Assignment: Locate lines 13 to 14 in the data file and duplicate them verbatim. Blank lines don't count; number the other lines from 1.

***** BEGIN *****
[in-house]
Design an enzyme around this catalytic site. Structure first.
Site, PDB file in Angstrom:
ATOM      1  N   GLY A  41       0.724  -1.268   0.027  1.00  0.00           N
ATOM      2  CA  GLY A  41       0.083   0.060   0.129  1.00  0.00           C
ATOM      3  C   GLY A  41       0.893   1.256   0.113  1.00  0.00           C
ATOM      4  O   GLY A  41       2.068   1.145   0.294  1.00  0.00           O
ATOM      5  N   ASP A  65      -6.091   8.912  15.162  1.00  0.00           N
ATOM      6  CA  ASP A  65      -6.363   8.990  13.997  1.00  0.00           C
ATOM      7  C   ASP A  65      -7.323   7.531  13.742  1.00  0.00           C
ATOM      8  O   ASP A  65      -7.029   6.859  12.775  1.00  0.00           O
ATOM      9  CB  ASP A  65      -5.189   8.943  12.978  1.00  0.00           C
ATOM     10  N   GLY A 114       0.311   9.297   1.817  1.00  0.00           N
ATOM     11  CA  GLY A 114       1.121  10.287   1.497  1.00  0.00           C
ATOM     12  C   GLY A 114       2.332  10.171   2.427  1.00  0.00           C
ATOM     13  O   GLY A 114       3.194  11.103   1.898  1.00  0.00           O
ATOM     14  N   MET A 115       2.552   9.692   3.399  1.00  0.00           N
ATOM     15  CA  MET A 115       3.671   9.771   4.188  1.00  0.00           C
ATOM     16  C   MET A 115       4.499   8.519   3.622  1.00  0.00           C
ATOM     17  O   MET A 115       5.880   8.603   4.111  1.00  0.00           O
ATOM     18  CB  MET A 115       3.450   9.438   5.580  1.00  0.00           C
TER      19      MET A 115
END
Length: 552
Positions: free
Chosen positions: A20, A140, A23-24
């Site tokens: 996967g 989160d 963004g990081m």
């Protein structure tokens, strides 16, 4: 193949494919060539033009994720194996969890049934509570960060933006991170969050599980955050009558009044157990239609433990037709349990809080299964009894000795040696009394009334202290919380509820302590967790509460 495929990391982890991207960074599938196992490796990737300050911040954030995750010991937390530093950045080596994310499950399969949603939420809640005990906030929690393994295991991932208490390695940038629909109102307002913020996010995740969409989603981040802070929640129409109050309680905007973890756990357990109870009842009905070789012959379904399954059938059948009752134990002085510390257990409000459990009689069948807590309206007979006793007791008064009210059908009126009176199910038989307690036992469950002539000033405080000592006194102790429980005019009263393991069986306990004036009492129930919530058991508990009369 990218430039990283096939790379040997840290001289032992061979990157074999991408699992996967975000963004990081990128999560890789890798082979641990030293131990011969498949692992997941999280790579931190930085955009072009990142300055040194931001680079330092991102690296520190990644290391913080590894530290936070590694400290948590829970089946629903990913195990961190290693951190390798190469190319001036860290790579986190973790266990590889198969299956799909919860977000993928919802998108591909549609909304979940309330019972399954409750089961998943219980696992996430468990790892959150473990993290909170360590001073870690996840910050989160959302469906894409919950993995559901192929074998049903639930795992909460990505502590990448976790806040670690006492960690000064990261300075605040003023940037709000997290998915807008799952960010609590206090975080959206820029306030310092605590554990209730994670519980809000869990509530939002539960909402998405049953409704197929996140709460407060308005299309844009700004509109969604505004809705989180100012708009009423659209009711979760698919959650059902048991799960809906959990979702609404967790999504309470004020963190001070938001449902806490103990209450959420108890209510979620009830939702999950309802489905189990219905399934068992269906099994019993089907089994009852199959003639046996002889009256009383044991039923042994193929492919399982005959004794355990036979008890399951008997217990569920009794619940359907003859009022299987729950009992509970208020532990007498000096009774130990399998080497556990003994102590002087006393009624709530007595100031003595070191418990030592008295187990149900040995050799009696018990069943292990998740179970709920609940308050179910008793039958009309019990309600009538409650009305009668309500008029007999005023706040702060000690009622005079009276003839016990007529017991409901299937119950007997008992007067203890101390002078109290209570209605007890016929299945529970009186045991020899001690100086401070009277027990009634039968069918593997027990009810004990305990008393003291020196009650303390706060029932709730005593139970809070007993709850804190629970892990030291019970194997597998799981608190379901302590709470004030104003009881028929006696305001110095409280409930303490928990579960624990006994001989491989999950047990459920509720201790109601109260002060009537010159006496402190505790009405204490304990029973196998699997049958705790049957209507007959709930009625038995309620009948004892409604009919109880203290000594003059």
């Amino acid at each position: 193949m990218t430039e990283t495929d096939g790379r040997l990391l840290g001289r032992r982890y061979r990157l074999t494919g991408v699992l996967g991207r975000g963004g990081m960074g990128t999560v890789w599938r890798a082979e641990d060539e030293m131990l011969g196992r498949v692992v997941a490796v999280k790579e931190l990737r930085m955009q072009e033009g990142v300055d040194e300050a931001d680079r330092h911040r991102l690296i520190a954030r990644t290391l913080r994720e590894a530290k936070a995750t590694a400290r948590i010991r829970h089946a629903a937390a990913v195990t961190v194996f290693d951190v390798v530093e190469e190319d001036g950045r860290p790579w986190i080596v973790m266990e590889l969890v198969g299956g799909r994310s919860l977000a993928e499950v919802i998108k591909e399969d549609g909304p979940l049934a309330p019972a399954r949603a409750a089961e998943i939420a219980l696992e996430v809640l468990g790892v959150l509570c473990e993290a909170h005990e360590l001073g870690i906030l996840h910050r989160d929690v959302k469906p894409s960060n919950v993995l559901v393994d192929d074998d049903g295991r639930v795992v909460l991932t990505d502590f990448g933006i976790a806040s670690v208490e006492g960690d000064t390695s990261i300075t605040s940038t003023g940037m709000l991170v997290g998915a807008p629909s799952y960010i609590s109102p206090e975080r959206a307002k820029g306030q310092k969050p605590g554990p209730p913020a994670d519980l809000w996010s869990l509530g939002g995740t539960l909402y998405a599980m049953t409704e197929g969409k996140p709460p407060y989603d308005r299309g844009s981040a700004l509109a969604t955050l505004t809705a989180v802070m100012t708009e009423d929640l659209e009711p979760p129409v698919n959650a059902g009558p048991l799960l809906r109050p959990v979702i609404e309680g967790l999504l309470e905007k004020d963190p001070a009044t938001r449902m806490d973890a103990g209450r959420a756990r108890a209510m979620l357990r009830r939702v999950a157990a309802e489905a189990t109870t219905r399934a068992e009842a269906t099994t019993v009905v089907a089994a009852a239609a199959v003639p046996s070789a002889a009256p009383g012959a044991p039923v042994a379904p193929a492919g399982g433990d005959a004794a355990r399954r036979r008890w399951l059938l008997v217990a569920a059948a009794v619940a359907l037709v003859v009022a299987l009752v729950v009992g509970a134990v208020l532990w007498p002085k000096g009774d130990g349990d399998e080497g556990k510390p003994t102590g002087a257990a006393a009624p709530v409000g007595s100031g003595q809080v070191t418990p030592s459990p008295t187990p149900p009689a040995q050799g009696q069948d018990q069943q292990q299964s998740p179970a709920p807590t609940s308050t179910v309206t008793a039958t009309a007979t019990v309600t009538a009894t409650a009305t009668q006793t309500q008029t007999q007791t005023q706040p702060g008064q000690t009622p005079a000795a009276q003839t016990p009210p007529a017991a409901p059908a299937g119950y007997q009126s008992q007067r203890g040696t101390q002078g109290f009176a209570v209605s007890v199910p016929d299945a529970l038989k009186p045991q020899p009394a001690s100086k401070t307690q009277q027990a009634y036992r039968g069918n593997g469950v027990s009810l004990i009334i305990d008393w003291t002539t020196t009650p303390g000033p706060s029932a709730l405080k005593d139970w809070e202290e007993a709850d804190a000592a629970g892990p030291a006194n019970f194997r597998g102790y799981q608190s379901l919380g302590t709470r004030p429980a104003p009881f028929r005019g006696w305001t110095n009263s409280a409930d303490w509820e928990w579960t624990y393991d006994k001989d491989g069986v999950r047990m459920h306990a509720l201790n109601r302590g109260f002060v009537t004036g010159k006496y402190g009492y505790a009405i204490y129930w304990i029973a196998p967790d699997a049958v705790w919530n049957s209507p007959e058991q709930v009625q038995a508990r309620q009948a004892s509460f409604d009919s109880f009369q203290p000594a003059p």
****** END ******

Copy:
ATOM     10  N   GLY A 114       0.311   9.297   1.817  1.00  0.00           N
ATOM     11  CA  GLY A 114       1.121  10.287   1.497  1.00  0.00           C